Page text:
If you have wondered what digital twins mean to manufacturing and what they promise for machining complex parts, a successful demonstration of this concept was presented at the International Manufacturing Technology Show (IMTS) last September in Chicago, Illinois. Called the “Grand Challenge,” the demonstration was intended to prove that today’s digital technology enables manufacturers to use computer-generated models for producing a part, inspecting it, and verifying that it meets all specifications and requirements, even when portions of the production process are handled by different suppliers using different equipment. If this concept was shown to work at IMTS, it would work equally well for shops and manufacturers in the field, the demonstration sponsors say.
Because these computer models serve as digital twins of the entire manufacturing process, it is feasible to use them to replicate setups or move work-in-process more readily from supplier to supplier while maintaining production accuracy and consistency. This capability is said to give prime contractors and their base of capable machined-parts suppliers greater flexibility, smoother collaboration and fewer bottlenecks that can interfere with supply-chain flow. It is significant that this demonstration had the advantage of using existing, well-established manufacturing standards for exchangeability and interoperability, such as components of Standard for the Exchange of Product (STEP) model data, the MTConnect semantic vocabulary for manufacturing devices and the Quality Information Format (QIF) metrology standard.
On to the Demonstration
The Grand Challenge was sponsored by the Organization for Machine Automation and Control’s OMAC Manufacturing Workgroup and the International Standards Organization (ISO) Working Group TC184/SC4/WG15, which is involved in the development and support of STEP manufacturing data standards. The effort was led by Dr. Martin Hardwick of STEP Tools Inc. (Troy, New York) and Rensselear Polytechnic Institute. While many other technology suppliers and users have been involved in digital-thread and digital-twin efforts over the years, the primary participants in the Grand Challenge were machine tool builders DMG MORI and Hyundai WIA, metrology companies Renishaw and Mitutoyo, cutting tool supplier Sandvik Coromant, as well as Boeing representing the end-user community.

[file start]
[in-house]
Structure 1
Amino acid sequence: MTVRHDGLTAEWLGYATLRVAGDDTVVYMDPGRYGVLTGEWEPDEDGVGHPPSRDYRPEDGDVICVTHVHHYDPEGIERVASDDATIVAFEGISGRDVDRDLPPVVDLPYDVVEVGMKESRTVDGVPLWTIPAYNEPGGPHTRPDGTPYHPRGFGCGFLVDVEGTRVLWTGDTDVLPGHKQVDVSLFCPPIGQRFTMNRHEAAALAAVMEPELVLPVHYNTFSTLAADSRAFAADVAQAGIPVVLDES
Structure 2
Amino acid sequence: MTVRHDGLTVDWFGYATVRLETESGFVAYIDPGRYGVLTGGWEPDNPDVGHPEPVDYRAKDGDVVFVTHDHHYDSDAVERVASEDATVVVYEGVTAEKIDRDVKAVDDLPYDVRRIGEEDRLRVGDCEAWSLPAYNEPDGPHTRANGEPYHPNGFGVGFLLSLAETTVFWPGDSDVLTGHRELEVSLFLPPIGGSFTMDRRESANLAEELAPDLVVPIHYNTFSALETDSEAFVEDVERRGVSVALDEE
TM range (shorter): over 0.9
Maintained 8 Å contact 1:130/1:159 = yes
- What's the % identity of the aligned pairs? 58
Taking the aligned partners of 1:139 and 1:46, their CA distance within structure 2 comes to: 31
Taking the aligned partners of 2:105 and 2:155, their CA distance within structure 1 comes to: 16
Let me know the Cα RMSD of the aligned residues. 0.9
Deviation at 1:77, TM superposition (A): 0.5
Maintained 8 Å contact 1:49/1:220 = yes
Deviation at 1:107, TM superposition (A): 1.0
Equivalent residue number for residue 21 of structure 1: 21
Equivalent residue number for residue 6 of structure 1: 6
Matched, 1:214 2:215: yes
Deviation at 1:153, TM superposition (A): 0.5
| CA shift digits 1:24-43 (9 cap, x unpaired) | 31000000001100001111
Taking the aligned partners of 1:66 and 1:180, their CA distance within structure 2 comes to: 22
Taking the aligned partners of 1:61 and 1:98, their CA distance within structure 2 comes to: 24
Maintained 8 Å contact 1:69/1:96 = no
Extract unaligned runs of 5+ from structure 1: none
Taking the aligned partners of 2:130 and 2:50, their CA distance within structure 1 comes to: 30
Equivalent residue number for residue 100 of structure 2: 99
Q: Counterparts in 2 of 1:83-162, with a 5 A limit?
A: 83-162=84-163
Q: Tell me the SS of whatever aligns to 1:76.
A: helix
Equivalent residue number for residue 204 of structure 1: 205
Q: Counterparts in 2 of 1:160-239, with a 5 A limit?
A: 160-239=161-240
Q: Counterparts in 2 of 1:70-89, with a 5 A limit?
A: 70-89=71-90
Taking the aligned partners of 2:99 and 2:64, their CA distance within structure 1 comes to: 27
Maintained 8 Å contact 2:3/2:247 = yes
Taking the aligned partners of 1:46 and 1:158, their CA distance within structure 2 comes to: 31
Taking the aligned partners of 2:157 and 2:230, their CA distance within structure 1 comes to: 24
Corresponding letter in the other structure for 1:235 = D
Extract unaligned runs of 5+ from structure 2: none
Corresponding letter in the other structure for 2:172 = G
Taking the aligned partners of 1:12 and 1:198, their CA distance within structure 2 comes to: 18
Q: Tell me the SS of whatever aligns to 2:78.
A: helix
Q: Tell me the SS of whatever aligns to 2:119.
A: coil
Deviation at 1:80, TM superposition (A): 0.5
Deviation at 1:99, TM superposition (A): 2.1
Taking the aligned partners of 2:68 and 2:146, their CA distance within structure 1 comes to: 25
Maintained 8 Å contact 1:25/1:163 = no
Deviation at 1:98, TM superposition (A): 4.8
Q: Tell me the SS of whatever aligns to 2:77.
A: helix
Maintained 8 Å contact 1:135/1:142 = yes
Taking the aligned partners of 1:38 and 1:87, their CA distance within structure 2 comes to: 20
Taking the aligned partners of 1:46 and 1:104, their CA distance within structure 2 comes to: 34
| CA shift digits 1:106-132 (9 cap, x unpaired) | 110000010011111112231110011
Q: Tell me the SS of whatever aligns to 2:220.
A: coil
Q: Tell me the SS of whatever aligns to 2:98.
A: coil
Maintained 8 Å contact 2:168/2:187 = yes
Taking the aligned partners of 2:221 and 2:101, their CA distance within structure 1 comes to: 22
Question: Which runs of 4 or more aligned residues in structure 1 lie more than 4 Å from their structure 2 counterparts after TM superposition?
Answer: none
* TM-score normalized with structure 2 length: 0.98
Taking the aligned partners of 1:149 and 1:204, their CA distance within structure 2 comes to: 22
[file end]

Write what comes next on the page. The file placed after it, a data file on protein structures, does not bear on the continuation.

For the demonstration, Airbus developed a test five-axis aerospace part. Boeing then added geometric dimensioning and tolerancing (GD&T) call-outs and created a base process, including stock definition, cutting tool requirements and four “stage models,” each defining the results of three- and five-axis roughing and finishing operations. All this information was translated into a single, non-proprietary STEP file and sent to DMG MORI and Hyundai WIA. Standing in as representatives for shops in the field, both companies developed manufacturing processes optimized for some of the machining centers they had in their IMTS booths. During the show, each company machined the test part and verified that it met all dimensional tolerances and specifications after each operation.
A key aspect of the demonstration was to show how two contract manufacturers (represented by DMG MORI and Hyundai WIA) could share a production job between themselves without losing efficiency or effectiveness, a result that is highly desirable in the real world but often difficult to achieve. Part processing was divided into two steps. The two machine tool builders alternately performed roughing operations on a machining center in their booths, then sent the digital results to each other for finish machining and on-machine part probing. Alternating the assigned operations highlighted the strength of the digital-data format (STEP and associated programming technologies) and the process of communicating it using MTConnect. Thus, the two companies were able to show how one could pick up where the other left off and still produce a part in which the program data and inspection criteria did not regress.
Although the production of components at different locations is nothing new, the manner in which this was done, using digital-thread and digital-twin concepts, reveals present and potential gains in efficiency and flexibility. For example, because the cutting tools were defined using the ISO 13399 format, acquisition and use of them was simplified. As a result, Sandvik Cormorant was able to provide automatically generated setup sheets. The 3D cutting tool models were also included in the STEP file for import into the different CAM systems DMG MORI and Hyundai WIA used. Having all this information in a standard format enabled the creation of a digital twin of the part while it was being machined. The actual creation of the digital twin used software from STEP Tools and an MTConnect connection to the machine tools’ Siemens 840D controls. During machining, axis motion was sampled and combined with the STEP data, creating the digital twin. Observers watched the machining of the digital twin alongside the machining of the physical part and saw that changes in the physical process, such as different feed rate overrides, were reflected in the digital twin.
During the manufacturing process, the part was inspected on each machine using a Renishaw touch probe. Again, this is nothing new, but the manner in which the probing functions were developed and what was done with the resulting data showed the flexibility and usefulness of the digital twin. Because the GD&T information was defined in the STEP file and directly linked to the geometry, it was not necessary to manually transfer this same information to the NC program, and functionality was available to help define the inspection process. Likewise, because the GD&T requirements and inspection process were linked to the design features, the probing results could be easily linked to the relevant geometry. The result was the merging of the probing results and the digital twin. Here again, observers could see this occurring in real time. The digital twin showed not only numerical values, but also offered color coding of the features to demonstrate how close the machined part was to nominal dimensions.